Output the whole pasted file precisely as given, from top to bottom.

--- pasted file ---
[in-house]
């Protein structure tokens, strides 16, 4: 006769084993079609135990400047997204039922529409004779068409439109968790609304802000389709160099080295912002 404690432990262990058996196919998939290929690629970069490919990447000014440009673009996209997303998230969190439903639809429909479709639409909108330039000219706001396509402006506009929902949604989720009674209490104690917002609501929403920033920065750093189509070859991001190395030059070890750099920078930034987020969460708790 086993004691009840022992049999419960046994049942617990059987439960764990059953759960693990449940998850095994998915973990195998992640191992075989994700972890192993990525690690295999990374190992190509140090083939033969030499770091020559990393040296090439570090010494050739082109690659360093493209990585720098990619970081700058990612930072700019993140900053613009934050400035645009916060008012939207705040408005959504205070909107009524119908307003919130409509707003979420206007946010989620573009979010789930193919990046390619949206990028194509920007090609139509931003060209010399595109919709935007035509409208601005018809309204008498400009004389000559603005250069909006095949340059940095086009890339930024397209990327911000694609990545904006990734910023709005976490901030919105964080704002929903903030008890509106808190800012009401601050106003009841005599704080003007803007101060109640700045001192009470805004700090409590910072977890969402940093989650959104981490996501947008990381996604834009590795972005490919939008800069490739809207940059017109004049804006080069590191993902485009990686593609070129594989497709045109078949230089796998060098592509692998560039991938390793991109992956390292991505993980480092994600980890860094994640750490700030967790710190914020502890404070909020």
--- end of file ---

[in-house]
């Protein structure tokens, strides 16, 4: 006769084993079609135990400047997204039922529409004779068409439109968790609304802000389709160099080295912002 404690432990262990058996196919998939290929690629970069490919990447000014440009673009996209997303998230969190439903639809429909479709639409909108330039000219706001396509402006506009929902949604989720009674209490104690917002609501929403920033920065750093189509070859991001190395030059070890750099920078930034987020969460708790 086993004691009840022992049999419960046994049942617990059987439960764990059953759960693990449940998850095994998915973990195998992640191992075989994700972890192993990525690690295999990374190992190509140090083939033969030499770091020559990393040296090439570090010494050739082109690659360093493209990585720098990619970081700058990612930072700019993140900053613009934050400035645009916060008012939207705040408005959504205070909107009524119908307003919130409509707003979420206007946010989620573009979010789930193919990046390619949206990028194509920007090609139509931003060209010399595109919709935007035509409208601005018809309204008498400009004389000559603005250069909006095949340059940095086009890339930024397209990327911000694609990545904006990734910023709005976490901030919105964080704002929903903030008890509106808190800012009401601050106003009841005599704080003007803007101060109640700045001192009470805004700090409590910072977890969402940093989650959104981490996501947008990381996604834009590795972005490919939008800069490739809207940059017109004049804006080069590191993902485009990686593609070129594989497709045109078949230089796998060098592509692998560039991938390793991109992956390292991505993980480092994600980890860094994640750490700030967790710190914020502890404070909020």